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It does sound like it's time to start setting some limits. Once my dd got to a certain age I wasn't comfortable nursing her in public anymore. I started making it an "at home" thing. She's almost 3 1/2 now and when she has asked to nurse in public (which we call Mai Mai so I don't feel on the spot <img alt="" class="inlineimg" src="http://www.mothering.com/discussions/images/smilies/smile.gif" style="border:0px solid;" title="smile"> ) I say, "Ok, you can have Mai Mai when we get home. You can even do this at home, saying "You can have nursies (or whatever she calls it) as soon as I'm done doing _______." But then make sure to follow up even if she forgets. As soon as you're done doing ______ then tell her it's time to nurse and thank her for waiting so nicely, etc.<br><br>
It is normal for 2 year olds to nurse a lot. I don't know if that helps but just thought I'd add that. Sometimes it's good to know it's not just you, kwim? <img alt="" class="inlineimg" src="http://www.mothering.com/discussions/images/smilies/wink1.gif" style="border:0px solid;" title="wink1"><br><br>
Also, do you ever nurse them at the same time? Sometimes I feel it helps w/jealously and things like that for my nurslings to nurse together as well as having their alone nursing time w/me. The together nursing actually saves a lot of time too! (two birds w/one stone...well that doesn't really fit but ykwim):LOL<br><br>
I would recommend reading "Mothering Your Nursing Toddler." It does sound like she still needs the nursing a lot. It also sounds like you're ready to set some limits. I also agree w/a PP who said to try to make an effort to give her some extra attention in other ways too (reading a book, running an errand just the two of you, etc.).<br><br>
I hope things improve for you soon.<img alt="" class="inlineimg" src="http://www.mothering.com/discussions/images/smilies/smile.gif" style="border:0px solid;" title="smile">
 

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Things will get better <img alt="" class="inlineimg" src="http://www.mothering.com/discussions/images/smilies/love.gif" style="border:0px solid;" title="love"><br><br>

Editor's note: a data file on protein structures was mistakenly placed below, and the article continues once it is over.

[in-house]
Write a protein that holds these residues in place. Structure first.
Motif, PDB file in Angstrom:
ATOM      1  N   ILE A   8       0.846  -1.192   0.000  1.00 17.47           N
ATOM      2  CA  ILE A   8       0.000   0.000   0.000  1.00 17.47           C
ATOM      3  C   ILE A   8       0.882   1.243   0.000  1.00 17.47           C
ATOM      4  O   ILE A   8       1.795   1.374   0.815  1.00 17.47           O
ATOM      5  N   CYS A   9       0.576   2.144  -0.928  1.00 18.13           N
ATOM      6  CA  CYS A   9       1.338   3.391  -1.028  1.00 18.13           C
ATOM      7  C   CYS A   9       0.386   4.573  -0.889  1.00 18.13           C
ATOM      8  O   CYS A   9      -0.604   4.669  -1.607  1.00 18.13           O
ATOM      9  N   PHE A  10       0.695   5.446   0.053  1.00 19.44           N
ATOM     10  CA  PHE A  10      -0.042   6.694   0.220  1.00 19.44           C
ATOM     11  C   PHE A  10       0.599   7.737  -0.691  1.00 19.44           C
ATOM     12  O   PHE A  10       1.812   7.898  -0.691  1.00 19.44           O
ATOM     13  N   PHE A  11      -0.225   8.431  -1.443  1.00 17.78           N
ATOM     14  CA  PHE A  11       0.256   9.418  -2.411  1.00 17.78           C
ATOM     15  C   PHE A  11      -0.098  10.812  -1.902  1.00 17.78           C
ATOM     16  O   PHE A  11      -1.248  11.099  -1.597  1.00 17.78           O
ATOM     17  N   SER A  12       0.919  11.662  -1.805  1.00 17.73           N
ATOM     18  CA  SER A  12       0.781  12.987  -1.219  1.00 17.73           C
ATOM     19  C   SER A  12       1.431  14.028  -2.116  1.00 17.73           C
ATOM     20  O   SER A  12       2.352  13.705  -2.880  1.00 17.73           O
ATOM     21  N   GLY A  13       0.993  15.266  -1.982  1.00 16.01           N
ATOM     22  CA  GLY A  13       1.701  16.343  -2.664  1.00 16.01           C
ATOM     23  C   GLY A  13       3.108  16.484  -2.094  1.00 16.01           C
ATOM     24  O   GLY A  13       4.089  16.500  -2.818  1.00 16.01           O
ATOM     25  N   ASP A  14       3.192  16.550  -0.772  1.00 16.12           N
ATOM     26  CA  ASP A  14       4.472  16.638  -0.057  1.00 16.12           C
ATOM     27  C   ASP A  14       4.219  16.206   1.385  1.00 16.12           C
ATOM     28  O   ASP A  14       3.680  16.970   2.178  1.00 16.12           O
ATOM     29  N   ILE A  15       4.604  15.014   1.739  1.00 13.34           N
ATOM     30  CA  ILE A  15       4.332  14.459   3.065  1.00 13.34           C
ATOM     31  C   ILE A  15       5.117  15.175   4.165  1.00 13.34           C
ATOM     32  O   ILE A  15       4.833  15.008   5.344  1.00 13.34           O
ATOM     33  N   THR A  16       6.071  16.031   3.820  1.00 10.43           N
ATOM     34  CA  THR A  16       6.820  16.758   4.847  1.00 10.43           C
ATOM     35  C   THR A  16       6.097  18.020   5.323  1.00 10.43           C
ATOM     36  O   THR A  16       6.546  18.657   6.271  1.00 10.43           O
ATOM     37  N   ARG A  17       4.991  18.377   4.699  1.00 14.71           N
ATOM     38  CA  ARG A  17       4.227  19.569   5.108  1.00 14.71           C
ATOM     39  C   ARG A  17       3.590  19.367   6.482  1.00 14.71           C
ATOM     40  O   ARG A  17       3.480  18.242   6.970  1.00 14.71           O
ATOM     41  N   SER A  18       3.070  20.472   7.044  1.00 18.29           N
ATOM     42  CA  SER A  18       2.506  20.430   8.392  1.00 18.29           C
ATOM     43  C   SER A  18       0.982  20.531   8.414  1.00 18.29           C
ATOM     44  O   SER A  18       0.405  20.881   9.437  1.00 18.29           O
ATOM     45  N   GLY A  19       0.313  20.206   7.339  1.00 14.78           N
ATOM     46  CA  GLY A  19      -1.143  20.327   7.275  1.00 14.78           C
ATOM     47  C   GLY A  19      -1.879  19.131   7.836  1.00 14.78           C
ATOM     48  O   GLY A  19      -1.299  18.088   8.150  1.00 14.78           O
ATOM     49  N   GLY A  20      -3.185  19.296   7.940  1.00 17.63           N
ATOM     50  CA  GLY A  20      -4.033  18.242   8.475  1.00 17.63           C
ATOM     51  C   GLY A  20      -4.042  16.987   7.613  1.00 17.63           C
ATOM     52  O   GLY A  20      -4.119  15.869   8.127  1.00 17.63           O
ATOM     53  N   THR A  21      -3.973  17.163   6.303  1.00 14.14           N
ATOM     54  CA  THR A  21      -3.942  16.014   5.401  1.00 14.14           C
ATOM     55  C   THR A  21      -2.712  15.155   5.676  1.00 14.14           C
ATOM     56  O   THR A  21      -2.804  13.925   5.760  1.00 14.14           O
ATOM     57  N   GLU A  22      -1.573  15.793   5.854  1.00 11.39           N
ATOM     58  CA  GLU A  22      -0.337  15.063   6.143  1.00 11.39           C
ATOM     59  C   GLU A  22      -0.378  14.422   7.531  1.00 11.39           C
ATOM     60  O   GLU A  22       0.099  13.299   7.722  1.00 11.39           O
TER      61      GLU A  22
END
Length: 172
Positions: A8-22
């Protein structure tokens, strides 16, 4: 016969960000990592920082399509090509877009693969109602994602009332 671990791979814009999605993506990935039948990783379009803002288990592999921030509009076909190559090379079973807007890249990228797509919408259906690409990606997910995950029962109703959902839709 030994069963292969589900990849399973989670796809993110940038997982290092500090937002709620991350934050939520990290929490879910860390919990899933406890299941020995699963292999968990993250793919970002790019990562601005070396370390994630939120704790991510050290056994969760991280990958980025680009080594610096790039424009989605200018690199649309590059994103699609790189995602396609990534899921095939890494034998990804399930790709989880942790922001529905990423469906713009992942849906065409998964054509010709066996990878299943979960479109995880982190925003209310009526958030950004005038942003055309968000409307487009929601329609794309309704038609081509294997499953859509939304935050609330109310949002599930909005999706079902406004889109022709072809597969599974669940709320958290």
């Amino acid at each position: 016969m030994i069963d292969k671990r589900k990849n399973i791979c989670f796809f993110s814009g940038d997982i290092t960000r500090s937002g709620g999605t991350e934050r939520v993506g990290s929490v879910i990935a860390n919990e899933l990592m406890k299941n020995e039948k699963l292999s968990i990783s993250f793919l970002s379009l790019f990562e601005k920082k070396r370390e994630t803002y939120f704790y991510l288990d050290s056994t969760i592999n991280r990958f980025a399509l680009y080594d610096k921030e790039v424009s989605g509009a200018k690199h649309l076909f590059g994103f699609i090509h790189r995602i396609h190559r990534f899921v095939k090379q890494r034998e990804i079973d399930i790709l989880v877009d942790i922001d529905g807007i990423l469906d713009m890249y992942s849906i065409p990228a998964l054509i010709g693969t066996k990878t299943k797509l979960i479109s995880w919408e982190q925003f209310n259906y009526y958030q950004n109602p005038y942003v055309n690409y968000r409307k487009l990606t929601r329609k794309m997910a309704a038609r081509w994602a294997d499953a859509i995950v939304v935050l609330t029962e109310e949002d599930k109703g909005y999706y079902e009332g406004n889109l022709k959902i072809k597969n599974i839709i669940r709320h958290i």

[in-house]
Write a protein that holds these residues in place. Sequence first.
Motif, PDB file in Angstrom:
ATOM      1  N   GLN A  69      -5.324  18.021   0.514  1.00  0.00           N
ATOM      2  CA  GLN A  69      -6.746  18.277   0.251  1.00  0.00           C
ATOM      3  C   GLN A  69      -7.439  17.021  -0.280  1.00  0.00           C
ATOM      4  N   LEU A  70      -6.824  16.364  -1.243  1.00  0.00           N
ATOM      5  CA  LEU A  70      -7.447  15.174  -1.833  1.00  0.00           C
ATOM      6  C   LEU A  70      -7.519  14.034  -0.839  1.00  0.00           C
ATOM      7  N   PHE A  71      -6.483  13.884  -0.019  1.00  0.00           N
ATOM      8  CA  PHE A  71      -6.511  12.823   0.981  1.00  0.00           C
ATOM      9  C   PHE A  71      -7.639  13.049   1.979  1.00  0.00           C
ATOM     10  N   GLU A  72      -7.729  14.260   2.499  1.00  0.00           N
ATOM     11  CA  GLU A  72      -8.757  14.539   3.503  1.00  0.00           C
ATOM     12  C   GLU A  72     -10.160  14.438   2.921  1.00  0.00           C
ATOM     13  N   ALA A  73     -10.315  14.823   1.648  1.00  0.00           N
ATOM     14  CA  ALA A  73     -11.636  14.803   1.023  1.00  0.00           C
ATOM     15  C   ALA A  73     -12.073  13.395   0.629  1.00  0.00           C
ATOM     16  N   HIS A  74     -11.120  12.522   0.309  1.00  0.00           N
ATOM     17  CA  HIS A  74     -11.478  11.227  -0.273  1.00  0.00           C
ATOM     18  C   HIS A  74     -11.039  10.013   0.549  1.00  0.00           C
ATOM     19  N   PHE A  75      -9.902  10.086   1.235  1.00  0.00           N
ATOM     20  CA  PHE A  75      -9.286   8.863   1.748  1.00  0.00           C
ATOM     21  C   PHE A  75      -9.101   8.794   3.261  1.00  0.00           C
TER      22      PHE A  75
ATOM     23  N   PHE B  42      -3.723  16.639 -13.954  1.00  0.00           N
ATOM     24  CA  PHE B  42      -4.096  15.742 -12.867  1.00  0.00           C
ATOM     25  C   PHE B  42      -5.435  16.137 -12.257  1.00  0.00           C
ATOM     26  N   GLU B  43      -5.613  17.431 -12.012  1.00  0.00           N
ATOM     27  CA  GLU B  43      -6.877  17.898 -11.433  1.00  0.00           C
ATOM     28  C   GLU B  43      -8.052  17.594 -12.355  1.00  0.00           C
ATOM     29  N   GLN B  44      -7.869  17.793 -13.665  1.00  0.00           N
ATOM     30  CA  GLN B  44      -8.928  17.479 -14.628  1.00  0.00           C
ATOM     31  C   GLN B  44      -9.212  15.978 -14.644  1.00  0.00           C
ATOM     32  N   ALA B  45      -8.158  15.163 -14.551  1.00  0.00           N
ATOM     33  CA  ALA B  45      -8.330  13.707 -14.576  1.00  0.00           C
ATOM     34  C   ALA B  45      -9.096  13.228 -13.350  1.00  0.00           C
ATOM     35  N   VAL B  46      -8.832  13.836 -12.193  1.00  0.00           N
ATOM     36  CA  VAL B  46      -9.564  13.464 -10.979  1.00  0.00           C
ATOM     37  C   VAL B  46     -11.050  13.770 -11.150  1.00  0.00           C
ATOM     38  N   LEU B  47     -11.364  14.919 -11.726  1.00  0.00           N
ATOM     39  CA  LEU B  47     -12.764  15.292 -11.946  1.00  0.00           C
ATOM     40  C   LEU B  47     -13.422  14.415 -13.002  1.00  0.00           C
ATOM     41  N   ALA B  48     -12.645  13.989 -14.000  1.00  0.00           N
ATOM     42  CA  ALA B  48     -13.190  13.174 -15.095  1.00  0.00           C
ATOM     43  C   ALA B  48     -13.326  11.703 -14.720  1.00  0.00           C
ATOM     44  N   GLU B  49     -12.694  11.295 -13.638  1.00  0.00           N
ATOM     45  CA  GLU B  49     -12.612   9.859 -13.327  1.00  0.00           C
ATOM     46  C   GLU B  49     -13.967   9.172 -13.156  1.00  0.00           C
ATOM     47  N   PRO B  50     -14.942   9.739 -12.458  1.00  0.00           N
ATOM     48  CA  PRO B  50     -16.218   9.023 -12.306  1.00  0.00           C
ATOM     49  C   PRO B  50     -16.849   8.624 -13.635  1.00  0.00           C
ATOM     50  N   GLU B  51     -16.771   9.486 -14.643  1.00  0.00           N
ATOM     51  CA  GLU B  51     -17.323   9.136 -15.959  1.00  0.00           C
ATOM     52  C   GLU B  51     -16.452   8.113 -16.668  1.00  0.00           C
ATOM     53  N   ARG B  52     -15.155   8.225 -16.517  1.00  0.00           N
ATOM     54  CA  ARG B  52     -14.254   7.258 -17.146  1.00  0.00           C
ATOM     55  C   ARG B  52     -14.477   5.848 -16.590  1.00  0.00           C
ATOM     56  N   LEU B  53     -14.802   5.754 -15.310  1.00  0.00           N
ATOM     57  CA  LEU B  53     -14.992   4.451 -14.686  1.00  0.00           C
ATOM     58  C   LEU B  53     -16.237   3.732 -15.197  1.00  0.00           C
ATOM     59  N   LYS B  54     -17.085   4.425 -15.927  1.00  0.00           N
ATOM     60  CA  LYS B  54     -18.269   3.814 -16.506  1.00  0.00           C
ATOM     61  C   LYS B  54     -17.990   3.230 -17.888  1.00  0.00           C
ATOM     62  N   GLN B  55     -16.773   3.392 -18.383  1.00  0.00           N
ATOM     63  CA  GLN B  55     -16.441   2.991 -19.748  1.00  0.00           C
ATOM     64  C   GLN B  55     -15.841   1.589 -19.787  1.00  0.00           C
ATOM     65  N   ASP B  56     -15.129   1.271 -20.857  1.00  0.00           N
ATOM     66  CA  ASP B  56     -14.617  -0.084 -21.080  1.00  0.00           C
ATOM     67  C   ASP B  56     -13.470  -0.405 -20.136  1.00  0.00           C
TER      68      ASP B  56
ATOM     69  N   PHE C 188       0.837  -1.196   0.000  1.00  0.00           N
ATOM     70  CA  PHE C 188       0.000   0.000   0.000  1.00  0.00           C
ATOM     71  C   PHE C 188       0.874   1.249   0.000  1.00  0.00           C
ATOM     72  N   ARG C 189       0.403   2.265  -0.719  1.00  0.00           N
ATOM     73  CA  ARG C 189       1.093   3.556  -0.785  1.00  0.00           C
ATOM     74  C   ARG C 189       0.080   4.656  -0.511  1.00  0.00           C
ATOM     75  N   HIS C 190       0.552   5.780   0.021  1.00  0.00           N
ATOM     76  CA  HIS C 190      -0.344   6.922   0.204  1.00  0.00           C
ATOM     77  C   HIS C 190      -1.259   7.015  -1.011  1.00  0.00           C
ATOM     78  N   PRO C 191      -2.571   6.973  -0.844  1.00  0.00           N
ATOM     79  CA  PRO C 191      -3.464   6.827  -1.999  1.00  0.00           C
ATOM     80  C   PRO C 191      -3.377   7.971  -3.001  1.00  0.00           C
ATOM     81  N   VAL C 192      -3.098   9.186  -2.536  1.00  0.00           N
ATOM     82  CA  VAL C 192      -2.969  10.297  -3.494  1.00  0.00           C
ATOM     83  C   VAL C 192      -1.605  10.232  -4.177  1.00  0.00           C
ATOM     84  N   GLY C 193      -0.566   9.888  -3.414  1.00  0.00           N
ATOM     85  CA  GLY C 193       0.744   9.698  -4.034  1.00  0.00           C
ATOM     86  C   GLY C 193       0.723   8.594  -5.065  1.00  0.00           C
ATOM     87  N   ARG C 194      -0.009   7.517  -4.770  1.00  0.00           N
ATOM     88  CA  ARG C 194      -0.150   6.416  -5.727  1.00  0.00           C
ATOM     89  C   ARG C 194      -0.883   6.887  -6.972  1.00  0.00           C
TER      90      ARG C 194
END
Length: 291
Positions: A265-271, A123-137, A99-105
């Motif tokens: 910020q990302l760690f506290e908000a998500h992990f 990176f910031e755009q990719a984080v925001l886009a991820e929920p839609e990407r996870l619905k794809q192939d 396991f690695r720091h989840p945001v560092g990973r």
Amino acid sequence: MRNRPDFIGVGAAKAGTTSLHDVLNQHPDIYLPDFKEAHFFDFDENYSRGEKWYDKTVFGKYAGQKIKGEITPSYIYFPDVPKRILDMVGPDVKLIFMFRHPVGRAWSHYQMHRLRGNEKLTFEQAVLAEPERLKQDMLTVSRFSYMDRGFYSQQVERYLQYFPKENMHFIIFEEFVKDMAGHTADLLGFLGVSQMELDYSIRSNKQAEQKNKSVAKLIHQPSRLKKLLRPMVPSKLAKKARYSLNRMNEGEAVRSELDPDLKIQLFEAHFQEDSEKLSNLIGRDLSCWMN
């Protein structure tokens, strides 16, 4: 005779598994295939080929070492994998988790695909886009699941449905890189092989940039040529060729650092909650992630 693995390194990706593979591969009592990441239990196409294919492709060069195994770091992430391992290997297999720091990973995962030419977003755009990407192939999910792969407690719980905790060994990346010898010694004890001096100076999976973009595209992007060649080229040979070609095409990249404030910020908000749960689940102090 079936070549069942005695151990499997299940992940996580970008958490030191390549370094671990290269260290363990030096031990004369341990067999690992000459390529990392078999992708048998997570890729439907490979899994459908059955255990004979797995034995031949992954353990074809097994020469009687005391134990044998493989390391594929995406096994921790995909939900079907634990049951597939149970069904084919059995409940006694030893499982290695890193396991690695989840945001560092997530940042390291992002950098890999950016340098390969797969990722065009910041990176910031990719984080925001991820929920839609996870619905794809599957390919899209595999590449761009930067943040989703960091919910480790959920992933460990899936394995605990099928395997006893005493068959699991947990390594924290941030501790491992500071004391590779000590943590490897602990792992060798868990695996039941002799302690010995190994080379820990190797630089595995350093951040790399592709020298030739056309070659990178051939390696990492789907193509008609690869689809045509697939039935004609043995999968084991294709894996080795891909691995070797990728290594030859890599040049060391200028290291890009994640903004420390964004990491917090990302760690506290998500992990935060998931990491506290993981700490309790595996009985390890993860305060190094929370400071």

I would say, no, not time to wean but that is up to you and ok to do if you need to.<br><br>
Some ideas that worked for me<br><br>
-maybe decide that you are going to say yes every time she asks (maybe limit it to 5 minutes or 2 minutes each nursing and set the timer or count if it helps you to cope) she might have to wait a few minutes if you are busy with the baby but it's differnt than 'no'<br><br>
-maybe have something special for when you are out and she's asking for 'boobie' and you need a quick fix - a little box of fruit juice, a tiny bag of potato chips or a special cookie<br>
I've found that a store bought wrapper with some sort of food item goes a long way. Maybe Trader Joes or a health food shop type place would have some healthy tings like that ( I live in NZ so not sure what's available where you are)<br><br>
If you explain that you're not doing 'boobie' right now and will do it at home but here is a drink and something to eat and I can cuddle you. And then when you get home nurse her, even if she forgets. Say something like you wanted to nurse when we were out and I promised you could when we got home so let me set the timer for 5 minutes and we'll have boobie.<br><br>
My dd is 3 now and ds is 1. I am often telling her these days that I'm not doing nummies for big girls right now but I will at bedtime or when the sun comes up and that usually is fine for her. Sometimes she fusses and I remember my friend that reminded me that it is ok to say 'no'.<br><br><br>
It can be so hard especially when you have two to look after.<br><br>
Wendy